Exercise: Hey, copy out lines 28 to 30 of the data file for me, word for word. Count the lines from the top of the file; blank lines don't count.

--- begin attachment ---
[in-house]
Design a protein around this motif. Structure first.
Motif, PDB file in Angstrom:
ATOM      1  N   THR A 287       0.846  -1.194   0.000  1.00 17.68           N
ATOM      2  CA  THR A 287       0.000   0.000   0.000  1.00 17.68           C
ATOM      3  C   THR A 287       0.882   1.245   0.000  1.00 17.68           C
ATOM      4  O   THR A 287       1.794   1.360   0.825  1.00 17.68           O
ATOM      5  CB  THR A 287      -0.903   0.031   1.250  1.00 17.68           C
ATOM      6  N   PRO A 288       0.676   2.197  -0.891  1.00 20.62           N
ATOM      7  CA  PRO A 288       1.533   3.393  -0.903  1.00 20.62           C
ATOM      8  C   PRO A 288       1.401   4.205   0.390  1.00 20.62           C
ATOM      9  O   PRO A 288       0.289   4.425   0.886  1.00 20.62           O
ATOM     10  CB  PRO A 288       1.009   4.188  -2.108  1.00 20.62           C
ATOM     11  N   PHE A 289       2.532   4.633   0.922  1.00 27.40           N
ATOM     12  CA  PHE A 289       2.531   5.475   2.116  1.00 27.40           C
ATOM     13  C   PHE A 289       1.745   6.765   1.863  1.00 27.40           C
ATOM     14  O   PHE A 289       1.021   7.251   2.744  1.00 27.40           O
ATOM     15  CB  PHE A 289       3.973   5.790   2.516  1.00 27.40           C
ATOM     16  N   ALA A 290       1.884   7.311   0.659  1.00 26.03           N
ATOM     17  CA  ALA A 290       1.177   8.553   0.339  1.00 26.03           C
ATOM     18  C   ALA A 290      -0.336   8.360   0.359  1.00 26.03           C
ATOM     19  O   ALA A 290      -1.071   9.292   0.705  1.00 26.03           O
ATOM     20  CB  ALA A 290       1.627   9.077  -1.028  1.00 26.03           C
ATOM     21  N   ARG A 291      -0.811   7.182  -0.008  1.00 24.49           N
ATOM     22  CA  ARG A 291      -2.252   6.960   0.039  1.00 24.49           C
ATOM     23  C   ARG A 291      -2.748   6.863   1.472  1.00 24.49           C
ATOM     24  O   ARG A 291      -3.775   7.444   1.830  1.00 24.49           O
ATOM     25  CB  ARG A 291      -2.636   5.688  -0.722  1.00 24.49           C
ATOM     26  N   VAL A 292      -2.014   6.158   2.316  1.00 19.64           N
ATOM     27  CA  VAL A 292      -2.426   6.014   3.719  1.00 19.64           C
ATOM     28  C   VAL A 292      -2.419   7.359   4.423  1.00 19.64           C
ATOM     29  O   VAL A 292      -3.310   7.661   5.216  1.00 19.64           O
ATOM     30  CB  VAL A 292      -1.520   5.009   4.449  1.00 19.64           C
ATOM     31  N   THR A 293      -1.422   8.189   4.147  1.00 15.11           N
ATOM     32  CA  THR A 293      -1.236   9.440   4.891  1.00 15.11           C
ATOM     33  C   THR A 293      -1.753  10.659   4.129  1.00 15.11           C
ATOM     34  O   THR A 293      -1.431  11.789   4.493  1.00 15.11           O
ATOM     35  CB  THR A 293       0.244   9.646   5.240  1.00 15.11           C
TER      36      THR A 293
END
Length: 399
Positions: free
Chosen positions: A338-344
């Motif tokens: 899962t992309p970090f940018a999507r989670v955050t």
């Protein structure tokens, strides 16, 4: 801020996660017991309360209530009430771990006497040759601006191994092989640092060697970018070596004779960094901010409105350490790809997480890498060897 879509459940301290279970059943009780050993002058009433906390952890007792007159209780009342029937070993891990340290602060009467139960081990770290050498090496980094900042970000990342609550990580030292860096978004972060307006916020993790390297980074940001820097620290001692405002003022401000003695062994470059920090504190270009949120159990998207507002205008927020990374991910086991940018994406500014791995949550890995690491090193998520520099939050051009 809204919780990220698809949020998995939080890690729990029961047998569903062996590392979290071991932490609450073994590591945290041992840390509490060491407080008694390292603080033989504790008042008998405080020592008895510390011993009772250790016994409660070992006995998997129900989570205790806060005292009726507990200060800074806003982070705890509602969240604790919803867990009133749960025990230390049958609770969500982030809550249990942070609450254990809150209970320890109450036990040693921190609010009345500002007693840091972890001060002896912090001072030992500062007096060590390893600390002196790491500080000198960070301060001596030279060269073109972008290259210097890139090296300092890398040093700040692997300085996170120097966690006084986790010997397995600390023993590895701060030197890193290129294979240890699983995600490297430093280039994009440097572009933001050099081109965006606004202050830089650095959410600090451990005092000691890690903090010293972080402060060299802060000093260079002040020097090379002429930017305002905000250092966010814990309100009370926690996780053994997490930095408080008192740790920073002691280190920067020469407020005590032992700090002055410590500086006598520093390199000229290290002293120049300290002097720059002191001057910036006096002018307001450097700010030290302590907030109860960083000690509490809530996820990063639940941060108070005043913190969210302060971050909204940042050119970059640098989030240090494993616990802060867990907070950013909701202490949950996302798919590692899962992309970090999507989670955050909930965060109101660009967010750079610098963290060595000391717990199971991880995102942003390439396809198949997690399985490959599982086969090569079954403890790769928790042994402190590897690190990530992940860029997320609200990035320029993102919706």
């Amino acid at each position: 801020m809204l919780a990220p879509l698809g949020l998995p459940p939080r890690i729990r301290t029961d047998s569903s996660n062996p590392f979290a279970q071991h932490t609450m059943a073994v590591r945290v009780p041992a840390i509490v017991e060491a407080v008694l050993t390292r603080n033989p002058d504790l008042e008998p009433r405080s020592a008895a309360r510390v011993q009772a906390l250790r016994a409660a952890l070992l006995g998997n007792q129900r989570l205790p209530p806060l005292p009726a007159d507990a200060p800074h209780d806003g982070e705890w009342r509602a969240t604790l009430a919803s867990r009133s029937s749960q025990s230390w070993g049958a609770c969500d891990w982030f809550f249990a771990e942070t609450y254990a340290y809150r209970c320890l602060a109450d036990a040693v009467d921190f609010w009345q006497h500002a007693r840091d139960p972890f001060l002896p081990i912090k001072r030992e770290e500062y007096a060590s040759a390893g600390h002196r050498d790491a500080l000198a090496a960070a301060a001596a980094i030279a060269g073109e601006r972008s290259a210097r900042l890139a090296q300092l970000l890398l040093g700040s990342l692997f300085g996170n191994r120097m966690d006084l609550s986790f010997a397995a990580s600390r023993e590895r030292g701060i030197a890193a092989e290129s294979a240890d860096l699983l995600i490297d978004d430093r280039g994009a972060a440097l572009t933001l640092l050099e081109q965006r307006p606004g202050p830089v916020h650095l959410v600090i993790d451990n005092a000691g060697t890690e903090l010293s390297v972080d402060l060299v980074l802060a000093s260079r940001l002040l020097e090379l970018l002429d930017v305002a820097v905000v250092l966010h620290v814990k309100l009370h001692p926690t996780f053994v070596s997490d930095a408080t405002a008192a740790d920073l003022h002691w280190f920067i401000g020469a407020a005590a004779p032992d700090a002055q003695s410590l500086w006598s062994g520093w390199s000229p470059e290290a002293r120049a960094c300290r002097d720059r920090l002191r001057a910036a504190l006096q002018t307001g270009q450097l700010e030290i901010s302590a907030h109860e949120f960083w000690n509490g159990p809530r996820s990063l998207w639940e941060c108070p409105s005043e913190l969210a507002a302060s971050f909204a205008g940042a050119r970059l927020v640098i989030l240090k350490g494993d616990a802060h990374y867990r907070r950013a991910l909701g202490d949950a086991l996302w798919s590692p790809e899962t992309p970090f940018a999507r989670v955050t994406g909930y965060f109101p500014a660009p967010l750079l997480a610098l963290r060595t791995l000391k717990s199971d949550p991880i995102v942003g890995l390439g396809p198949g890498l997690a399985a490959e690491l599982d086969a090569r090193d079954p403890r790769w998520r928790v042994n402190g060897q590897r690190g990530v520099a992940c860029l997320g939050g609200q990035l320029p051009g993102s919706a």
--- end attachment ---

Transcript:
ATOM     25  CB  ARG A 291      -2.636   5.688  -0.722  1.00 24.49           C
ATOM     26  N   VAL A 292      -2.014   6.158   2.316  1.00 19.64           N
ATOM     27  CA  VAL A 292      -2.426   6.014   3.719  1.00 19.64           C